For sure. We do our best to make it obvious when we’re joking, and the general rule of thumb is to never punch down. But of course sometimes that fails us when we think we’re making a light-hearted joke and a listener takes offense to it. We never want to make anyone feel bad, and have accepted that even though it’s not our intention, it’s going to happen occasionally. Some of the criticism we get is extremely valid, while other times it’s obvious that the person just wants something to be angry about or wants to police your self-expression.

Q. What do you think makes a good ‘dykon’ (dyke icon)?

For starters, someone who doesn’t defend their friendship with George W. Bush. Generally, it’s someone who is highly-visible, and live their best life. They don’t need to be an outspoken advocate for the community (though that’s always a plus), they just need to exemplify the merits of unapologetically being your most authentic self.

Q. How was Margaret Cho – the collaborator/ casual acquaintance, different from Margaret Cho – the influential comedian– if at all?

Off-stage, she’s very chill and gracious, where on stage she brings a lot more energy and is more confrontational with her audience. Either way, she’s just so naturally funny.

Q. Did you have any preconceived notions about her before you met – which later fell apart? Or did you, perhaps, have any hunches about what she’d be like in person – which eventually turned out to be absolutely correct?

Because we’ve listened to her on podcasts before, our expectations were very in-line with how the experience turned out. She’s just super cool.

Q. Was your mothers’ support crucial in reaching the mental space you are in now? Is there anything about your parent’s reactions, or attitudes towards your sexuality – that you’d like to change, in hindsight?

We’re both a lot closer to our moms than we are with our dads, so yes, had they not been so accepting and supportive, it would have been somewhat devastating. As a child, you expect your mom to love you unconditionally, and any sign of the contrary can be very traumatic. Speaking for myself, I still think my mom has a ways to go with being more open and accepting of the spectrum of gender expression. Had I been more butch presenting, I think it would have been a lot harder for her to accept and that’s not okay.

Q. What advice would you give to mothers of queer children?

Trust that your children know what is best for them in terms of who they love, how they love, and how they express their gender. Create a safe environment for them to be able to talk about being queer with you because many will be afraid of making you uncomfortable or upset.

Q. It’s a well-known fact that race and culture influence experiences and manifestations of queerness in LGBTQ individuals. Did you notice any culturally-influenced differences, between your queer stories – as American comedians, and Margaret Cho’s queer story – as a Korean-American comedian?

Margaret spoke about Koreans wanting things to be either this or that, gay or straight, so the concept of bisexuality doesn’t sit well with them. Though Americans are still pretty bad at understanding and accepting bisexuality as well, but perhaps for different reasons.

Q. “I really shine in an institution.”
Margaret Cho’s surprisingly positive experience at rehab made me wonder if the reason, rehabilitation centres offer a sense of comfort to their inhabitants – is because of the presence of stability and security, it brings to their lives. As queer individuals, we’re too often driven by a sense of uncertainty and instability, which is why, institutions are a convenient way out. How do you think the real world could mimic the secure atmosphere of rehabilitation centres – in order to build a safe space for queer individuals? Do you think it’s possible to build a rehab-like world? Would it even be beneficial – or just bizarre and dystopian?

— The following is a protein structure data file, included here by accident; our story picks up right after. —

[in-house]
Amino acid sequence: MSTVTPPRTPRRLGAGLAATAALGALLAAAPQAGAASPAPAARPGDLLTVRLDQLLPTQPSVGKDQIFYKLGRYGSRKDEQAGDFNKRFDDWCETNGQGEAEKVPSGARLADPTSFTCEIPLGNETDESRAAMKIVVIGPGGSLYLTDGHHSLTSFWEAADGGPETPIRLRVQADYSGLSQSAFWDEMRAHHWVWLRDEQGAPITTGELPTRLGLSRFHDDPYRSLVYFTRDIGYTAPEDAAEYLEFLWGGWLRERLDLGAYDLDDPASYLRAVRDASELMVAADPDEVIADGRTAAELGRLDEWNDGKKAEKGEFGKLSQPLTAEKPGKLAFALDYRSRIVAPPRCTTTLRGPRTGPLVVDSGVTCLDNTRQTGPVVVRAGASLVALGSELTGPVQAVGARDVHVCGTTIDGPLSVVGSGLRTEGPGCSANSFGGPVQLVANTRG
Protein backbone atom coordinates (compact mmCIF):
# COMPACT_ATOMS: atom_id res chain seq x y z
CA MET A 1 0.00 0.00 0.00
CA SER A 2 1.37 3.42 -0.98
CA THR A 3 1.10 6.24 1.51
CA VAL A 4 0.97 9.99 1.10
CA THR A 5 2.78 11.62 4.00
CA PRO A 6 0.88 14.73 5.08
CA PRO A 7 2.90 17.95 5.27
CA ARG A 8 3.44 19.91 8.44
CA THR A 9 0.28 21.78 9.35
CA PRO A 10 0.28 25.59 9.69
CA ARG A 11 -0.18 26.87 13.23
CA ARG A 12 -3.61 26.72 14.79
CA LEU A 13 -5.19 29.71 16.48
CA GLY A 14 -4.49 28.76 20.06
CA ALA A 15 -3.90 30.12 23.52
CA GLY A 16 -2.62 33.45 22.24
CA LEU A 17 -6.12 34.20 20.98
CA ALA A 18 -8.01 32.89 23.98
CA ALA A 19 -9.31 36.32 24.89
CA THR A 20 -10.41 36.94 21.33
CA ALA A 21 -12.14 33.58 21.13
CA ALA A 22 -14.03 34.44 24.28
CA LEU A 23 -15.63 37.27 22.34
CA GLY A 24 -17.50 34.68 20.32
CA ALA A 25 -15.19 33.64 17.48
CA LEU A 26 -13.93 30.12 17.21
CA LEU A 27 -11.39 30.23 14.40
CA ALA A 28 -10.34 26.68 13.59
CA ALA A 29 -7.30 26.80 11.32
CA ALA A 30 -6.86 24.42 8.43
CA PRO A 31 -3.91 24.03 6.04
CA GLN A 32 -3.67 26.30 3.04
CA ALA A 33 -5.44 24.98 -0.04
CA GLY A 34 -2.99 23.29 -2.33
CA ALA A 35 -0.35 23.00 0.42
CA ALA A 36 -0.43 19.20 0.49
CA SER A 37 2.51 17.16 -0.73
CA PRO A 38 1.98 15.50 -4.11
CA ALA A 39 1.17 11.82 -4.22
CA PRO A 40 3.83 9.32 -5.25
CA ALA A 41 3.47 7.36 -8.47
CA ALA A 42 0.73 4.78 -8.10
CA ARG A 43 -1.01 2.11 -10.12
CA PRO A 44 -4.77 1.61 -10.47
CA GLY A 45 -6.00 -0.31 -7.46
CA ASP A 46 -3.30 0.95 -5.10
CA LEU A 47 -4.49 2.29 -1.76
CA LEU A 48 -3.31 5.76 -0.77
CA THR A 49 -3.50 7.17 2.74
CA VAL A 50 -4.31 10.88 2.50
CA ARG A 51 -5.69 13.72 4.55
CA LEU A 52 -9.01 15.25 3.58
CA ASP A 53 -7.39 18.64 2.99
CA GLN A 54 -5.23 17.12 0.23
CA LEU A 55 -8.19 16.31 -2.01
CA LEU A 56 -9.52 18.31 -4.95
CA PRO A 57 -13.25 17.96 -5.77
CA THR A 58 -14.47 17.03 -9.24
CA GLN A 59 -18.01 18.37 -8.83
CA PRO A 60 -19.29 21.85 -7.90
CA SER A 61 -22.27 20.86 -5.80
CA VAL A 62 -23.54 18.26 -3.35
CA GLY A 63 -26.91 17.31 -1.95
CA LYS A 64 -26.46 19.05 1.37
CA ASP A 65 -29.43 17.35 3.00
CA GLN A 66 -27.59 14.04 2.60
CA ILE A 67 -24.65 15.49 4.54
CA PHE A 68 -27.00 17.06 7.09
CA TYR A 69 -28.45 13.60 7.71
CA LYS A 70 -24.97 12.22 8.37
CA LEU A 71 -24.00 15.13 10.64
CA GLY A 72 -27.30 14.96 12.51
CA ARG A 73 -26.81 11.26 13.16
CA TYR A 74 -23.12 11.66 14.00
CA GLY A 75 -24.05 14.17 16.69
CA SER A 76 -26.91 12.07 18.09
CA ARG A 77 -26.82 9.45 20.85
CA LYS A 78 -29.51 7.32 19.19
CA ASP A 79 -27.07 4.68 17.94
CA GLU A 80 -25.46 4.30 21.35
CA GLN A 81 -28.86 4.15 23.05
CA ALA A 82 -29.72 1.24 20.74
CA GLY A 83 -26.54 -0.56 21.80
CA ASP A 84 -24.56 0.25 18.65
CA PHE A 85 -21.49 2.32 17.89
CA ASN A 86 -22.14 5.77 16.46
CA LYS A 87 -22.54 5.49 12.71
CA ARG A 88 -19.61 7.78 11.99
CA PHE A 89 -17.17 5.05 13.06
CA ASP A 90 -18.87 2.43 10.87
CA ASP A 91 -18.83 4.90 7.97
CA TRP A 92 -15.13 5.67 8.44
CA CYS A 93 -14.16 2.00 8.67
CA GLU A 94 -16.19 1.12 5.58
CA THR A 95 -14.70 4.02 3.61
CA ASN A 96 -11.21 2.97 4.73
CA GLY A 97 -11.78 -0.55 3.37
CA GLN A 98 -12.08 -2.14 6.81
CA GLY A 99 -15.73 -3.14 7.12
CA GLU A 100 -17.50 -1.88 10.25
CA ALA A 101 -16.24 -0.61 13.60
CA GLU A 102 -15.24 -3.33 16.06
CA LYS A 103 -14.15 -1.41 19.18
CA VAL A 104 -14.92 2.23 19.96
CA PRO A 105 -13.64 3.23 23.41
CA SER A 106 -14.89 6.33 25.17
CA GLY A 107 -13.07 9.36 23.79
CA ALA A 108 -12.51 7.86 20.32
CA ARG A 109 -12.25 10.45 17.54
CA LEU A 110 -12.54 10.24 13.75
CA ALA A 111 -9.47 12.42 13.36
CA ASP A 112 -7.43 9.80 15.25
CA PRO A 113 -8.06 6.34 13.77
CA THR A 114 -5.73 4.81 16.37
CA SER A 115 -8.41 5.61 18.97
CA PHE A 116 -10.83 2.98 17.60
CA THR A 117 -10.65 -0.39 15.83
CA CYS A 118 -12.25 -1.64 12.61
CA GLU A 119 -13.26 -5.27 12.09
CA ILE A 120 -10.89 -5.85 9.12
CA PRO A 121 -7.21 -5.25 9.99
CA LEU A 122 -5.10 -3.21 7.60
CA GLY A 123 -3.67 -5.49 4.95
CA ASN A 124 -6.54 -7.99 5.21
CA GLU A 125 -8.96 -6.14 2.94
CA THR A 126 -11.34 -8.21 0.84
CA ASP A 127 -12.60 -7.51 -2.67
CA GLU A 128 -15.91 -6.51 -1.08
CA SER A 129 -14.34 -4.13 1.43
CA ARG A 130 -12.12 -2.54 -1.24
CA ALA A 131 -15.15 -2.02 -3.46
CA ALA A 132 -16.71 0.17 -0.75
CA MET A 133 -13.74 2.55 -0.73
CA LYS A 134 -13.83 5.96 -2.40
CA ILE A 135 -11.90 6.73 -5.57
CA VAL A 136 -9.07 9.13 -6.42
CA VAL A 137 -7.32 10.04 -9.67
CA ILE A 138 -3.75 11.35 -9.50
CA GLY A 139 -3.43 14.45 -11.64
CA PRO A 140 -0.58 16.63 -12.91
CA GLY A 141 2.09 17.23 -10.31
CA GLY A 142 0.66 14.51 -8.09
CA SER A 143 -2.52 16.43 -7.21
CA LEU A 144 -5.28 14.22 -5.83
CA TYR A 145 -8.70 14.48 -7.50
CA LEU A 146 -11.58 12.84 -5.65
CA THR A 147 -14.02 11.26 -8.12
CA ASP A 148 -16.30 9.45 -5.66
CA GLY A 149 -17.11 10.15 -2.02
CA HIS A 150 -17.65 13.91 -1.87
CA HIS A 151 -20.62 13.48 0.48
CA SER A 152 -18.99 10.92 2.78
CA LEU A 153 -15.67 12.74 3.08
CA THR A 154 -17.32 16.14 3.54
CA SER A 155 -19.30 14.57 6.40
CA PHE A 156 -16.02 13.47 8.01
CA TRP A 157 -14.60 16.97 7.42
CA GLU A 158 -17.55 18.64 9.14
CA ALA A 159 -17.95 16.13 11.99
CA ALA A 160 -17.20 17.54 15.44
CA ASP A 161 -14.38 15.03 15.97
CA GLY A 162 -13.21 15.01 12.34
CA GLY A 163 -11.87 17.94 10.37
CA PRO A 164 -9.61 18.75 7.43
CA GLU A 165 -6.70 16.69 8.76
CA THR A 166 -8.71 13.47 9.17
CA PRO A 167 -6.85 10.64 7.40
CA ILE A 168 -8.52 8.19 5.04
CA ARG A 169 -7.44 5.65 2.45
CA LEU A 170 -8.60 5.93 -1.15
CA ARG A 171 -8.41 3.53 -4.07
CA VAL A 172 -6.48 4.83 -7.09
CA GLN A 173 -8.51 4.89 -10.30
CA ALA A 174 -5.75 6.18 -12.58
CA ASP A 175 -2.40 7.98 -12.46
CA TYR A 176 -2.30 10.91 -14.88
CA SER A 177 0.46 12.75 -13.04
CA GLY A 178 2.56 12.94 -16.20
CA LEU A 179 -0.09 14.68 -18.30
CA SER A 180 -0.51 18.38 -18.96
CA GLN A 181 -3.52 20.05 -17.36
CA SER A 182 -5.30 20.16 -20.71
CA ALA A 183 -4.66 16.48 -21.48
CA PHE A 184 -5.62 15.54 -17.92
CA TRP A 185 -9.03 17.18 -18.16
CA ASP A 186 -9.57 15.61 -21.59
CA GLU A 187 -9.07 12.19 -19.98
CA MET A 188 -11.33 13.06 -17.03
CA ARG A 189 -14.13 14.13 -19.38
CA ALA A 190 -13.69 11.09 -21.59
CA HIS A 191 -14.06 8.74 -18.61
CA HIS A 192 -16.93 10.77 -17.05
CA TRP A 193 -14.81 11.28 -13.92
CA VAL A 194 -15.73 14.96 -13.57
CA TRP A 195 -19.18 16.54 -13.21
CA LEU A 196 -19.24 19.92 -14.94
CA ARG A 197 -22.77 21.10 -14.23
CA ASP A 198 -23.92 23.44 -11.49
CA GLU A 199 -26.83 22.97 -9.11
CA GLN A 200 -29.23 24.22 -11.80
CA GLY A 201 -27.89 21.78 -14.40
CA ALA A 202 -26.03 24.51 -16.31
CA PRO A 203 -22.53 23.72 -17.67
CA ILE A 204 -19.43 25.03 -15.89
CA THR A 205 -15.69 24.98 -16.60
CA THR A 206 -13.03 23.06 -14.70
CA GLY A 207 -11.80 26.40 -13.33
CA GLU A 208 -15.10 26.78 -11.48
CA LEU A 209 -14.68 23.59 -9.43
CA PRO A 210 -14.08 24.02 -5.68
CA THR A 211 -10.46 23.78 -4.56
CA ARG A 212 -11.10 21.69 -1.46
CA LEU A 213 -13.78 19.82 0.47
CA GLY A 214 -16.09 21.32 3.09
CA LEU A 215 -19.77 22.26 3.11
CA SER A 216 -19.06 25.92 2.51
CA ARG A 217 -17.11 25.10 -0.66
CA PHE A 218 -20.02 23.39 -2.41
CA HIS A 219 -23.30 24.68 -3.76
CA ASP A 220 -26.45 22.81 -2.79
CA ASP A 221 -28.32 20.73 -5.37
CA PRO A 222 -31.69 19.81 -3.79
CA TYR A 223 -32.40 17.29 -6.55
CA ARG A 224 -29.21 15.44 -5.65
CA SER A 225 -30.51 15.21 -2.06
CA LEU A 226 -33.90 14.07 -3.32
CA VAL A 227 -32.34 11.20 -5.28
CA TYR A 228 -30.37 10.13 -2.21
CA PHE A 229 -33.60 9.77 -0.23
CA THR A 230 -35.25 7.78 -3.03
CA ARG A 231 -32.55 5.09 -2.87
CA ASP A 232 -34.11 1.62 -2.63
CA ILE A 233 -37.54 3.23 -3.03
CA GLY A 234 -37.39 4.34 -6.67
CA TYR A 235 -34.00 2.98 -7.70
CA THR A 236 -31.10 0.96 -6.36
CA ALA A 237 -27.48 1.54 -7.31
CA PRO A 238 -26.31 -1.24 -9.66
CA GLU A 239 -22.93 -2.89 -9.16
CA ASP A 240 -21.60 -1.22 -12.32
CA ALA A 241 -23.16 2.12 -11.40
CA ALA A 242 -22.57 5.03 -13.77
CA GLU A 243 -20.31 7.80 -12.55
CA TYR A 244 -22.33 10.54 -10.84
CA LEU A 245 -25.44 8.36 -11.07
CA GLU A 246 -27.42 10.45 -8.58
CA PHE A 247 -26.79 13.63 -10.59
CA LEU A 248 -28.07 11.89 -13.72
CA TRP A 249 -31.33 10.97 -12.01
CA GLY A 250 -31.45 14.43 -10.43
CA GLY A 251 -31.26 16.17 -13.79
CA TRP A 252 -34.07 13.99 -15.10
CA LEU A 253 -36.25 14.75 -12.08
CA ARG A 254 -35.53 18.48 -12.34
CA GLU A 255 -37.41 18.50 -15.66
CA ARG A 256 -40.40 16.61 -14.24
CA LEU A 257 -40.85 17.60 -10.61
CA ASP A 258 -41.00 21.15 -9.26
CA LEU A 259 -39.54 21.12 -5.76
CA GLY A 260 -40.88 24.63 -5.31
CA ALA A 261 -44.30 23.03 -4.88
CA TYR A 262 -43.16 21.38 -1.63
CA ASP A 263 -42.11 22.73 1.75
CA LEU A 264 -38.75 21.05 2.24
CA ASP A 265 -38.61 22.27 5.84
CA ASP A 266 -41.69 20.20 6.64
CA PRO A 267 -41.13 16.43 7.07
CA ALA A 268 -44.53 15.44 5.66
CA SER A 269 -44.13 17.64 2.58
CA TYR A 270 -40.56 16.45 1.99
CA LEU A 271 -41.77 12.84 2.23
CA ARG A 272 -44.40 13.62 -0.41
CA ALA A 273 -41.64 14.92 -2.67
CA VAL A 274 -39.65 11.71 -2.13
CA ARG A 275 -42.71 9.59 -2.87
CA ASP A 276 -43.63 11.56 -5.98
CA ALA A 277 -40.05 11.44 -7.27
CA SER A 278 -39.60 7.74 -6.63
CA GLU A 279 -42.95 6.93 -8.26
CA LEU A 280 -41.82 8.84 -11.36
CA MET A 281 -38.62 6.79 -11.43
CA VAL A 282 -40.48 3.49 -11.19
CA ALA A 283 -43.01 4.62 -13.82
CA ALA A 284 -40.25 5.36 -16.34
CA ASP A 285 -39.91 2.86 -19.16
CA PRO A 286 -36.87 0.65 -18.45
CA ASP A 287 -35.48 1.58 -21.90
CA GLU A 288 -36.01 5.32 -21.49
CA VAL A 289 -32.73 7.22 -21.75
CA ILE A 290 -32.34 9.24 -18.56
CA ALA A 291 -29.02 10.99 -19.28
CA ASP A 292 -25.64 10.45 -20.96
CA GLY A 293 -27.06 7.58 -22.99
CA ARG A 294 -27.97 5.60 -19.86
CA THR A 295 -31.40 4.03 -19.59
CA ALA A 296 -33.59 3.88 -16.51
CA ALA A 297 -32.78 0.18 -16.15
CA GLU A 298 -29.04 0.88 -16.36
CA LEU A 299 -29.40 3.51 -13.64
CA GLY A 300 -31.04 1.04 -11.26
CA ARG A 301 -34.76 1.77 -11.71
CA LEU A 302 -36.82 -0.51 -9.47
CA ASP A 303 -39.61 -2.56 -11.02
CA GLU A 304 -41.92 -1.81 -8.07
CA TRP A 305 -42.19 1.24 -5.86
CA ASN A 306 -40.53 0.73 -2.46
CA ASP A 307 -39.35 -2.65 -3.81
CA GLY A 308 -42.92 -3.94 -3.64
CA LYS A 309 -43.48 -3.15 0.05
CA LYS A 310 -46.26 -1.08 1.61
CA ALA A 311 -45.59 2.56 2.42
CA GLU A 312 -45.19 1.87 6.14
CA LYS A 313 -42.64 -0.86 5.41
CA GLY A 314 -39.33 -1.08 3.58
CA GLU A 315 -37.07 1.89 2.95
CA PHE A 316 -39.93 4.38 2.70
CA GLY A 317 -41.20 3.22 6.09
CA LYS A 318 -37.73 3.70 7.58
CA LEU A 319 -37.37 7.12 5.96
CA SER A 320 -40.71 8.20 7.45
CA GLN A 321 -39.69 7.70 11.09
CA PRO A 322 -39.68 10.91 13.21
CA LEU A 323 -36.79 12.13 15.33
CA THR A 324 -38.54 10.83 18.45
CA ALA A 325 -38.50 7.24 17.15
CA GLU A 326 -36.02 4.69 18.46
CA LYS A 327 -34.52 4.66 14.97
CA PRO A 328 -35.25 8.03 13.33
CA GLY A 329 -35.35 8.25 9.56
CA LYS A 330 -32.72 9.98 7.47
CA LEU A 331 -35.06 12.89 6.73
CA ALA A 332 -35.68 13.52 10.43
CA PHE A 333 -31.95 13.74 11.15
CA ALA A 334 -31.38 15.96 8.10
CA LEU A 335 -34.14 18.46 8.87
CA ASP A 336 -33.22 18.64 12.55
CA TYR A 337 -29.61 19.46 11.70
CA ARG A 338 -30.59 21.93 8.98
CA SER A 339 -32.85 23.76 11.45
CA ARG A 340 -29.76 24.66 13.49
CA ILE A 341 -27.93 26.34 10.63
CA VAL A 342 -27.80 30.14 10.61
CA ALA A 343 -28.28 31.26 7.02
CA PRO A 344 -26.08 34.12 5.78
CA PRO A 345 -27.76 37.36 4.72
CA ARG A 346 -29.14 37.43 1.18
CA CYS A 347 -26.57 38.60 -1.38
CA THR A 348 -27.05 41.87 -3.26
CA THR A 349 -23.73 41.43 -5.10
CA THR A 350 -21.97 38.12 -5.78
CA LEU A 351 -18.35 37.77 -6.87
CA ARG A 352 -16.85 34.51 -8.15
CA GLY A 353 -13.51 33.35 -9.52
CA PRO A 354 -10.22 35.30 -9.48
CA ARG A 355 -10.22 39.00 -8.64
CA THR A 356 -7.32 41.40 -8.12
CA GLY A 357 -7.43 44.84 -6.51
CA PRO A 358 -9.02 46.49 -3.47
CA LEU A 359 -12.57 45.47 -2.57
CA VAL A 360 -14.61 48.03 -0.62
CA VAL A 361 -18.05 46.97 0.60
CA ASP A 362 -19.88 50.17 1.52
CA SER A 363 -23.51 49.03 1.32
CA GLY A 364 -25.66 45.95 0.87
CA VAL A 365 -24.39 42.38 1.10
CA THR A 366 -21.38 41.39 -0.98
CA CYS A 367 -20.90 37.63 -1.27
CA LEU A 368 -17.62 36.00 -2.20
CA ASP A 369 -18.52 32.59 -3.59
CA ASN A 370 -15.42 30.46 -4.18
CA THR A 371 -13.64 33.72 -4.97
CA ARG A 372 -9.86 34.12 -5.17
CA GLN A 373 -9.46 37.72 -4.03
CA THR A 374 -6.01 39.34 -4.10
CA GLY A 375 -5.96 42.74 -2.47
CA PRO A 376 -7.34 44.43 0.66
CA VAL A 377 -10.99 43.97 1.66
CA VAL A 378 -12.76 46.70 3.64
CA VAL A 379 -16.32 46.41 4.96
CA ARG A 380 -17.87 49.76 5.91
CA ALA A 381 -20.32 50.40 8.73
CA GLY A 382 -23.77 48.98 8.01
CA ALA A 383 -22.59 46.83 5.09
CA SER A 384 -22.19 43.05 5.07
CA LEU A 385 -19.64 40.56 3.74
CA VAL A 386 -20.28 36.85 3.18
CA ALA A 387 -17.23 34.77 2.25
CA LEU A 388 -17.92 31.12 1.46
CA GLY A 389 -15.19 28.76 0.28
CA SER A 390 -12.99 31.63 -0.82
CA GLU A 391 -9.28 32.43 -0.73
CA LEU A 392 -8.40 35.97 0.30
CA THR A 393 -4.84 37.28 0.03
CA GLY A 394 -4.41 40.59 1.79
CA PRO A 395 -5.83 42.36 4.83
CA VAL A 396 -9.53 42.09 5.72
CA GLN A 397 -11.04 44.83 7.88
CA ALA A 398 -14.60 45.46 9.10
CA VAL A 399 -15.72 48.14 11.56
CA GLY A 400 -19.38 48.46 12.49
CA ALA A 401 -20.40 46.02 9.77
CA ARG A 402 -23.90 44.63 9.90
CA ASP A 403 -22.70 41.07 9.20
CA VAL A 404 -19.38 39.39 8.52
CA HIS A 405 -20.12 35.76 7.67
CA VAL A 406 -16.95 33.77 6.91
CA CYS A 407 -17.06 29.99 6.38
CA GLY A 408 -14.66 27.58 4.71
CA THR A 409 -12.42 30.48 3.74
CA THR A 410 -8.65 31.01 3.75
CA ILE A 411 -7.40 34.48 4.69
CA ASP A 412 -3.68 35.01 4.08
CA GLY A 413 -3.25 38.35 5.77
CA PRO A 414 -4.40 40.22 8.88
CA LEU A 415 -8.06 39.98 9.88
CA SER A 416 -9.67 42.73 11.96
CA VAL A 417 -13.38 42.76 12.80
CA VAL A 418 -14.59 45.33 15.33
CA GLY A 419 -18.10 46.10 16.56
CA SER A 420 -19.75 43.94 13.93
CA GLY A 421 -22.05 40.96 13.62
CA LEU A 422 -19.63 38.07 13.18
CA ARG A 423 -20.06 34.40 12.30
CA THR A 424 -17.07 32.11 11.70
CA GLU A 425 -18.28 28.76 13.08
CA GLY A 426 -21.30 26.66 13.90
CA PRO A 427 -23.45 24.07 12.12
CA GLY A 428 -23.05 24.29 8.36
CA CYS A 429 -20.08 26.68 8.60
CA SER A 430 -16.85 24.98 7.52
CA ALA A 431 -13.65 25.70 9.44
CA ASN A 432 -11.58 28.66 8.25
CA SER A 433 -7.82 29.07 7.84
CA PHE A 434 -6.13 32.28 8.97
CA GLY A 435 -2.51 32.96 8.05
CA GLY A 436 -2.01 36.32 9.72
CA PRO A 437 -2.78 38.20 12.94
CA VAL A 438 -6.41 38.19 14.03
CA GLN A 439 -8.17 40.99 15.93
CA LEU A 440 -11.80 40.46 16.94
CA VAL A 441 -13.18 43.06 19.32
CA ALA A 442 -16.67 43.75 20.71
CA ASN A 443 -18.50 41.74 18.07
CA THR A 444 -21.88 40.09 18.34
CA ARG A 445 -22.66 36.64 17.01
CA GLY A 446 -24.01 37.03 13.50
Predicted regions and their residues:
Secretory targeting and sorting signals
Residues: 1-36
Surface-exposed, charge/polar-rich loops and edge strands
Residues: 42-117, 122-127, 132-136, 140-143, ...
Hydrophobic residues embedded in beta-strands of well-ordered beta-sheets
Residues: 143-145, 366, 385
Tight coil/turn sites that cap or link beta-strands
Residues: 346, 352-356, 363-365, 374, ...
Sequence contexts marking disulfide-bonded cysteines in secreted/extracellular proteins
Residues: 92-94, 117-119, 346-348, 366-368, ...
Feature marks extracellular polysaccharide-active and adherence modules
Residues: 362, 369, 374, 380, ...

A rehab-like world doesn’t seem feasible because while it might work for some, others would no doubt find it suffocating. I think there are some things from rehab that could be helpful if they were more regularly occurring in the real world. We could all benefit from regular socialization, being vulnerable with each other about our struggles, and rooting for each other to succeed in our goals. I think in the queer community, we could all be checking in with each other more often to make sure people are doing okay.

Q. What was something you learnt from your episode with Margaret Cho?

We learned that she’s now single! But we also learned that her parent’s feelings regarding her queerness were more complicated and nuanced than one might think.

Be sure to check out Dyking Out’s webpage – where you can stream their episodes, track their upcoming events, and grab some of their fantabulous merch!

So curl up in your PJ’s, with a steaming mug of hot chocolate by your side – as you binge on episode after episode of wonderfully queer (and absolutely hilarious) discussions, pertinent to the LGBTQ world.

And if you like what you see (well, and hear), don’t forget to support their podcast by becoming a patron – in return for a number of benefits, depending on your membership level!
Running a self-produced podcast is a herculean task – and every little bit of your time, funds, resources, and appreciation, can help the Dyking Out team to extend their coverage, and further the gay agenda!

Get acquainted:

Listen to 
Dyking Out on your podcast player of choice.

Visit Dyking Out’s website.
Follow Dyking Out on Facebook.
Follow Dyking Out on Twitter.
Follow Dyking Out on Instagram.

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17. Queer. Socially anxious introvert. Ironically, a performing arts enthusiast. Experiences bizarre minimalistic urges, with often manifest in a desire to encompass the universe and confine it to a glass jar. Has a penchant for books, cats, doggos, horror movies, sunsets, oversized black t-shirts, mountains, Lucy Rose, and rickshaw rides on rainy days.